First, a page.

Moreover, the newly adopted federal Land Code has stipulated that individuals (including indigenous peoples) shall not be granted land plots for gratuitous use. In this connection, the implementation of all the Okrug’s legislative acts inasmuch as they contradicted the Land Code has been suspended, including the suspension of the regulations about the status of lineage-based kinship lands.
The institution of Territories of Traditional Nature Use is today being introduced in the Okrug. In this connection, enactment # 192 of the KMAO government, On Territories of Traditional Nature Use, was issued in the spring of 2002 to recognize lineage-based kinship lands as TTNUs. On the basis of this enactment, the Okrug’s government and its Duma (Assembly) are now working out the law and regulations with respect to the Okrug’s TTNUs.
The prevailing problems
The introduction of TTNUs in the Okrug has not sorted out the main problems of:
(1) The status of indigenous peoples as land users;
(2) The lack of a clearly defined legislative mechanism to defend the economic interests of indigenous peoples when mineral resource are being extracted.
The presidential edict On Urgent Measures to Protect the Places of Residence and Economic Activities of Indigenous Numerically Small Peoples of the North, the federal laws On Payment for Land, On Territories of Traditional Nature Use of Indigenous Numerically Small Peoples of the North, Siberia and the Far East of RF, and On Guarantees of the Rights of Indigenous Numerically Small Peoples of the Russian Federation have established the right of indigenous peoples to gratuitous use of their lands, to compensate for damages connected with a different use of TTNUs.
It is essential to emphasize that nothing new has been introduced into the federal law on TTNUs in this direction though it was required to consolidate and develop the above provisions, while the provision about the protection of economic interests of indigenous peoples through compensation for damages caused to traditional economy is not even mentioned. In addition, the Land Code, recently carried into effect, has made it likely that land users will have to pay for the use of land (which will be leased) to carry out traditional economic activities.
The lack of an efficient mechanism to protect indigenous economic interests in the process of mineral deposit exploitations has been caused by the lack of the above provisions in the federal law on TTNU as well as by the precedents set by the law On Guarantees of Rights…
In our opinion, the payment of compensations should be ensured by the very fact that non-traditional methods of natural resource use are being practiced within the boundaries of TTNUs. Such compensation should be determined by the size of lands which are to be industrially developed and thereby not available for traditional indigenous activities.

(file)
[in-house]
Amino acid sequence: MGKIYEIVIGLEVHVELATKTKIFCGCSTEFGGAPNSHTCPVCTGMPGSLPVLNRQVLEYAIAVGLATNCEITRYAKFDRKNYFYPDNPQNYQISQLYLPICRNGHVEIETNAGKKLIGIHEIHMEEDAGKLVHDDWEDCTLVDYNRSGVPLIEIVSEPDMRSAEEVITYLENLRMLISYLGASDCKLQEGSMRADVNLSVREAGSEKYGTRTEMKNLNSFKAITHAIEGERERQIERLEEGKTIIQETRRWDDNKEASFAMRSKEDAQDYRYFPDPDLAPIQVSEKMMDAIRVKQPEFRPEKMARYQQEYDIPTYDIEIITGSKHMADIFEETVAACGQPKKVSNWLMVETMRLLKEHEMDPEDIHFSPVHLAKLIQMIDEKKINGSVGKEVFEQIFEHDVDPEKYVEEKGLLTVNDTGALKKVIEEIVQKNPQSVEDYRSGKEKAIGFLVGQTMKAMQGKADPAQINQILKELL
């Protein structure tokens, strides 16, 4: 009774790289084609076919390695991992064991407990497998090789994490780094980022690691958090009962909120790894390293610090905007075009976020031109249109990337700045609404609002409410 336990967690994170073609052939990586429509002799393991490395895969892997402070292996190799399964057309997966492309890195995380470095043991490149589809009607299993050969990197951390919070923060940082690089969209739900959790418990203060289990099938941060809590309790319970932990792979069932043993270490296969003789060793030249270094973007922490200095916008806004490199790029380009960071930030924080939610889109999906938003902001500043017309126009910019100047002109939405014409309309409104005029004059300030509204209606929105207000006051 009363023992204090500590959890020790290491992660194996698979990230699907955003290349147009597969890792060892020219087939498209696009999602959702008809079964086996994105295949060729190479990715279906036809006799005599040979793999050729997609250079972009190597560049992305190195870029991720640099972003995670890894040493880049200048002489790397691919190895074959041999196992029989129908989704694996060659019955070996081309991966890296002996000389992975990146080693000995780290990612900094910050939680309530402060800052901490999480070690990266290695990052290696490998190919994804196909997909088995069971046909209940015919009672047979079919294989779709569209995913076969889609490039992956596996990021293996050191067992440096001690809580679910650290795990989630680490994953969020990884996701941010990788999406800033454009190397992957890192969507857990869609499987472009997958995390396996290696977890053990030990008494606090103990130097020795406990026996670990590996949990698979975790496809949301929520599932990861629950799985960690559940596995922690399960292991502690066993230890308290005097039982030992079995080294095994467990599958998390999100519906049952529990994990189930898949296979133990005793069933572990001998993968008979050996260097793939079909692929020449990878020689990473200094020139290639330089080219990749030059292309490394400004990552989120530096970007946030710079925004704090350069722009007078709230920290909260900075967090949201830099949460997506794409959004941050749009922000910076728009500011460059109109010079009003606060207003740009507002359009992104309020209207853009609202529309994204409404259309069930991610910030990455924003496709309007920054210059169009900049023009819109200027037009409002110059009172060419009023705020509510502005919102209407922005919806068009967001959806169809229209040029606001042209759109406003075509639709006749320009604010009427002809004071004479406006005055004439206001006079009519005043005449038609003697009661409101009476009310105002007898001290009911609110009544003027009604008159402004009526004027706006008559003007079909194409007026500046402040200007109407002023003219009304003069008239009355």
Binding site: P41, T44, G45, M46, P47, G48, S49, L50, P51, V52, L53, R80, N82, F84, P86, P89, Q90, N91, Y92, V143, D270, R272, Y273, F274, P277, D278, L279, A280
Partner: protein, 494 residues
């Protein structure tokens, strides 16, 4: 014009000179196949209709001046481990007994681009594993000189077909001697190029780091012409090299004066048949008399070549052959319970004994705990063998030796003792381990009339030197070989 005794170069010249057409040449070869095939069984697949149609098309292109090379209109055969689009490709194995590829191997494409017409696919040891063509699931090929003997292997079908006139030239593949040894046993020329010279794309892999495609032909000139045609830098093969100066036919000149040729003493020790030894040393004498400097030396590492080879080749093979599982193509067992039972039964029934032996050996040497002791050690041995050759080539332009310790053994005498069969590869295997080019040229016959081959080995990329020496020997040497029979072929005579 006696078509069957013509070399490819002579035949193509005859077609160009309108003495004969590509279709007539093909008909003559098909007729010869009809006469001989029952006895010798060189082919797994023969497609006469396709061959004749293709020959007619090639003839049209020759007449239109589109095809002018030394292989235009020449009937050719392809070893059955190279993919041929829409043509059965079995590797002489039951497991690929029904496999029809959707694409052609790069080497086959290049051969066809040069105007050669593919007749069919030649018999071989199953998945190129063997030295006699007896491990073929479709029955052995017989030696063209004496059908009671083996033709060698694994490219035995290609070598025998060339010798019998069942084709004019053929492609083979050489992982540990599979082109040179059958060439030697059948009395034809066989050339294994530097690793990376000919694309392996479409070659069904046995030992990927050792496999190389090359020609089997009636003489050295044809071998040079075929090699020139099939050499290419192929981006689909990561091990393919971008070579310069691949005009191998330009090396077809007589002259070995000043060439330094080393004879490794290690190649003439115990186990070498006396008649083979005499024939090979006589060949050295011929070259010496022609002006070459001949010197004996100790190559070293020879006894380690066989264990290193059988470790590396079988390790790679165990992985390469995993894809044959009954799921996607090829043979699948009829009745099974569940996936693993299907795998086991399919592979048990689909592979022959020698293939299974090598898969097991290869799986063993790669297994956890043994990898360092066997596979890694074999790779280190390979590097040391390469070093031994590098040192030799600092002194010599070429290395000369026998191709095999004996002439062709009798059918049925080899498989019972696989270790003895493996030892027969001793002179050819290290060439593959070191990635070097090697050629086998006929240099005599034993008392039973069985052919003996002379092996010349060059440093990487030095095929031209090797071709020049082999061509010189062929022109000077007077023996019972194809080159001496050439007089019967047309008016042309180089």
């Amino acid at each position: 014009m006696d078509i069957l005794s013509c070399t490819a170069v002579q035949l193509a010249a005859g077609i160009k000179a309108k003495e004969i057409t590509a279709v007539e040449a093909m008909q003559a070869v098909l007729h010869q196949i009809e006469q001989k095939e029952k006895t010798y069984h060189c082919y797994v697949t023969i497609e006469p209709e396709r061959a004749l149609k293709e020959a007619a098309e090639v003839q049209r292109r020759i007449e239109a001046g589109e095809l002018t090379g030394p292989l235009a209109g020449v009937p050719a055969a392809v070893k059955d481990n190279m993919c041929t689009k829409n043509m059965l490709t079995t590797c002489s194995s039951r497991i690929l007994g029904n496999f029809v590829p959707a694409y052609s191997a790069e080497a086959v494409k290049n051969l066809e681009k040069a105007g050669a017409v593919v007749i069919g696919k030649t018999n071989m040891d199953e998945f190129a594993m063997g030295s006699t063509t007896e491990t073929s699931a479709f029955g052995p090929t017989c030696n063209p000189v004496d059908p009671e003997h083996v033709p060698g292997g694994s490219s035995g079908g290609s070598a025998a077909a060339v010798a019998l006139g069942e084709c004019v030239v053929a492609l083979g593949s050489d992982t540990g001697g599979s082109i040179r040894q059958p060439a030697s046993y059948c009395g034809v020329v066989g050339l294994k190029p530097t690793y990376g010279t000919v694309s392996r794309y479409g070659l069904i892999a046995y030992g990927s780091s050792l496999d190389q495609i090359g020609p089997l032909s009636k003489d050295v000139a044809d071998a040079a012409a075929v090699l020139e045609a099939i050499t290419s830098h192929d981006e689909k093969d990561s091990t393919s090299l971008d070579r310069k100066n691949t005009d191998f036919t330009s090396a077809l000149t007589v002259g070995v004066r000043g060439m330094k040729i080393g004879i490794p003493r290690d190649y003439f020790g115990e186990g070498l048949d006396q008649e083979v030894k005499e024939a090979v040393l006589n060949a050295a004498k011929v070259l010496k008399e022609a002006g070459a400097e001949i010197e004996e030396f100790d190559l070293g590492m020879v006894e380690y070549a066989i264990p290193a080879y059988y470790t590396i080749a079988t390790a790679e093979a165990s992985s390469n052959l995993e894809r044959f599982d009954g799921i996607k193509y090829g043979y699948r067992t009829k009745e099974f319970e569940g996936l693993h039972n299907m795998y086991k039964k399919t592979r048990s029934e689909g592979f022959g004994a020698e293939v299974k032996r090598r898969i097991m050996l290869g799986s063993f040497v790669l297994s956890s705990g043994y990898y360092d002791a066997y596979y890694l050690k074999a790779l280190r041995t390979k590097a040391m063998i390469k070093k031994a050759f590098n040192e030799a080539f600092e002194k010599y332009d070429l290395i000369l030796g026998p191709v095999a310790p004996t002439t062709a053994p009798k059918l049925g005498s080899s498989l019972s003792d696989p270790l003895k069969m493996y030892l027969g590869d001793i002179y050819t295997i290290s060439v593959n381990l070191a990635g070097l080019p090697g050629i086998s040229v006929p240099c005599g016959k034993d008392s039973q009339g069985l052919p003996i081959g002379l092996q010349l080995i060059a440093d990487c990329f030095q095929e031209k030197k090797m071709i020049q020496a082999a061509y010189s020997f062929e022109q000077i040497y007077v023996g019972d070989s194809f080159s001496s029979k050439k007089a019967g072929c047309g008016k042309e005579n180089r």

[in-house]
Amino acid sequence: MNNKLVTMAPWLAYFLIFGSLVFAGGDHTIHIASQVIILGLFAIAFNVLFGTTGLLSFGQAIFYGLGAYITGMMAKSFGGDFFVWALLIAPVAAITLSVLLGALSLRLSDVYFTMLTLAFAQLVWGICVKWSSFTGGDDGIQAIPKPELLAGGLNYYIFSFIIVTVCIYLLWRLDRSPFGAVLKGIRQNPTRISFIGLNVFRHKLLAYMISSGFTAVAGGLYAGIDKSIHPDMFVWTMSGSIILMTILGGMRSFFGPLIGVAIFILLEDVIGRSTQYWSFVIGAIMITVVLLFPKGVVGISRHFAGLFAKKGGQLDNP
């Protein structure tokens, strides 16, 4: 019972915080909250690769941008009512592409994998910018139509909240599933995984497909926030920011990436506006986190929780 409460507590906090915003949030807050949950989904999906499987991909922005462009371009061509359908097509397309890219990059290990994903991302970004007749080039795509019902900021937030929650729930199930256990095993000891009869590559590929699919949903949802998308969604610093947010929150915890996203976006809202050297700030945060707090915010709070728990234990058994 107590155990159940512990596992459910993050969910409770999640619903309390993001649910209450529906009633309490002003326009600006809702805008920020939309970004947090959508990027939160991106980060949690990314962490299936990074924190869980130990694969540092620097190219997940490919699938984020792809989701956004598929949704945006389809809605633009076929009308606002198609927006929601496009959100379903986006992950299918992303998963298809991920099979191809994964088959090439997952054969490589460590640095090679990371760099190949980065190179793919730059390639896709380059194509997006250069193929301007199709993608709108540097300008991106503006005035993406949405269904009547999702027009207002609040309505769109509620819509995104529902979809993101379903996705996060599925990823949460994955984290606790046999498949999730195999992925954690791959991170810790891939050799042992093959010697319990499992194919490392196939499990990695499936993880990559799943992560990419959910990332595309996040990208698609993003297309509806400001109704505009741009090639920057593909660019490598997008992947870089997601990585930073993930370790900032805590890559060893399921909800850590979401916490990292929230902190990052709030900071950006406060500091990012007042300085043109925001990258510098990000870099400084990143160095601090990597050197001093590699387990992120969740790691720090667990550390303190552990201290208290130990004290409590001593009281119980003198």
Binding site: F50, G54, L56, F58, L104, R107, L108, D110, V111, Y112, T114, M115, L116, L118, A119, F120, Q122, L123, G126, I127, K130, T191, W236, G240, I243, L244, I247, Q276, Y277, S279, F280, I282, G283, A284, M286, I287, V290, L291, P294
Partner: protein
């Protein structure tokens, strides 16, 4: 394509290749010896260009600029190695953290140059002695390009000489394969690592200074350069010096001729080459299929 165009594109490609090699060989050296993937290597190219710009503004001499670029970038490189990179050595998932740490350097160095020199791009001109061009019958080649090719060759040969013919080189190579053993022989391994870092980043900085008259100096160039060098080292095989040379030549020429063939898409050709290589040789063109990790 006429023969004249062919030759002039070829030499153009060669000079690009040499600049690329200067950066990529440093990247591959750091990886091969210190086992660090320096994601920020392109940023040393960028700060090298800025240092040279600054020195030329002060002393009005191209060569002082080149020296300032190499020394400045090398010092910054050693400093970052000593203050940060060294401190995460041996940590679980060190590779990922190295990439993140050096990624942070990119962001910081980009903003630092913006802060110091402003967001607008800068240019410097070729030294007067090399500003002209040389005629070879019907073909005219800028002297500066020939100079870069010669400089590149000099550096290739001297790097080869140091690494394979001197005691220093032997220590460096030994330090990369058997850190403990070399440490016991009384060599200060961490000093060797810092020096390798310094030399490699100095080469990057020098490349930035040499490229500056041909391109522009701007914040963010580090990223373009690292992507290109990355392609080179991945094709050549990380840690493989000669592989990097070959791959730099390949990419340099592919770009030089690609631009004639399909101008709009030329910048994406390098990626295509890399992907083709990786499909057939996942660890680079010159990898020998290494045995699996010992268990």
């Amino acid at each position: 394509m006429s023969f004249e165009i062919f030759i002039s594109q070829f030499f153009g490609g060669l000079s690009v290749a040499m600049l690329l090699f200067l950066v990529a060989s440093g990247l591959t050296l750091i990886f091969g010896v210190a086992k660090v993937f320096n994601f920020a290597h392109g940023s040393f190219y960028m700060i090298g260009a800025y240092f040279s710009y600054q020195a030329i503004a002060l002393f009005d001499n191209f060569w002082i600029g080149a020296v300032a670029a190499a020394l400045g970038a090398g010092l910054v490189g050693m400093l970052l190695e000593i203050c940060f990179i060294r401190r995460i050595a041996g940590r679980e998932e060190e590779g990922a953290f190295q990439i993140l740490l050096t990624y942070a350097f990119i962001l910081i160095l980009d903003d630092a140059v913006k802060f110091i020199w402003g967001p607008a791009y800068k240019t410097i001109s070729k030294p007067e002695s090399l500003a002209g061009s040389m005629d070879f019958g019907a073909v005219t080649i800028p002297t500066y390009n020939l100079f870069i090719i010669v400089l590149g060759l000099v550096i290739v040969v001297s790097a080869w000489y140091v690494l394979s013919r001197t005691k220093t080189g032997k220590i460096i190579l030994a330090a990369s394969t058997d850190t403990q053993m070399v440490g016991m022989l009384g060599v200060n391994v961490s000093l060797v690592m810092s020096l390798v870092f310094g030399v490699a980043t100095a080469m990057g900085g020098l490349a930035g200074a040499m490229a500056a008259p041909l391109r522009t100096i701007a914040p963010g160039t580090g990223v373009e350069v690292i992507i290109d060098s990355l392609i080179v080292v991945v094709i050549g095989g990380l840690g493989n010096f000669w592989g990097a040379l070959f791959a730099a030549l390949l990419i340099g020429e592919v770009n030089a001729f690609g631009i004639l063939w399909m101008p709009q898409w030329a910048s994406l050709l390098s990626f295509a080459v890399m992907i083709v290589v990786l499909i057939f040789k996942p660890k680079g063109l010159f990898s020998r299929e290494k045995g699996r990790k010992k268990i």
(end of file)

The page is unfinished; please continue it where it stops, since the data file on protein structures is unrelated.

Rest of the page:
The problem is aggravated by the fact that as of now there is no appropriate system of rules adopted in due order even with regard to damages of precedent nature. Therefore, the above compensation payments are subject to taxation due to the lack of corresponding federal enforceable enactments. From the point of view of taxation laws, the amounts paid as damages to the owners of lineage-based kinship lands in accordance with economic agreements are not subject to any preferential treatment whatsoever.
The prospects of introducing TTNUs in the KMAO
Debates are currently going on in the Okrug about how to move forward towards the introduction of TTNUs or the preservation of the institution of lineage-based lands. It is a problem the land status of indigenous peoples depends on, with ensuing rights and relations. I reckon that while determining or choosing the land status of indigenous peoples the earlier developed aboriginal economic activities should be taken into consideration. Thus, for example, indigenous peoples have to carry out their economic activities within the boundaries of the same territories shared with the non-indigenous users of mineral and other natural resources. Under such conditions, it seems that these mutual relations should be maintained within the boundaries of TTNUs and be regulated on a legislative basis including appropriate normative acts. Otherwise, the fundamental rights of indigenous peoples to traditional economic activities and he preservation of traditional ways of life would be undermined. The current law cannot guarantee such rights since it gives non-indigenous users of mineral and other natural resources a legalized possibility to freely operate within traditional indigenous territories, employing non-traditional methods of natural resource use, irrespective of the costs this entails for traditional land users. Under the conditions of providing indigenous peoples with the right to independently dispose of land, including in TTNUs, it is clearly just a question of time and price before lands are transfered to outside mineral and other natural resource users. Moreover, there is no room for the state authorities in these property relations, although state agencies, in accordance with federal legislation and international principles, should be a guarantor of the preservation of indigenous peoples’ rights to carry out traditional economic activities and a traditional lifestyle.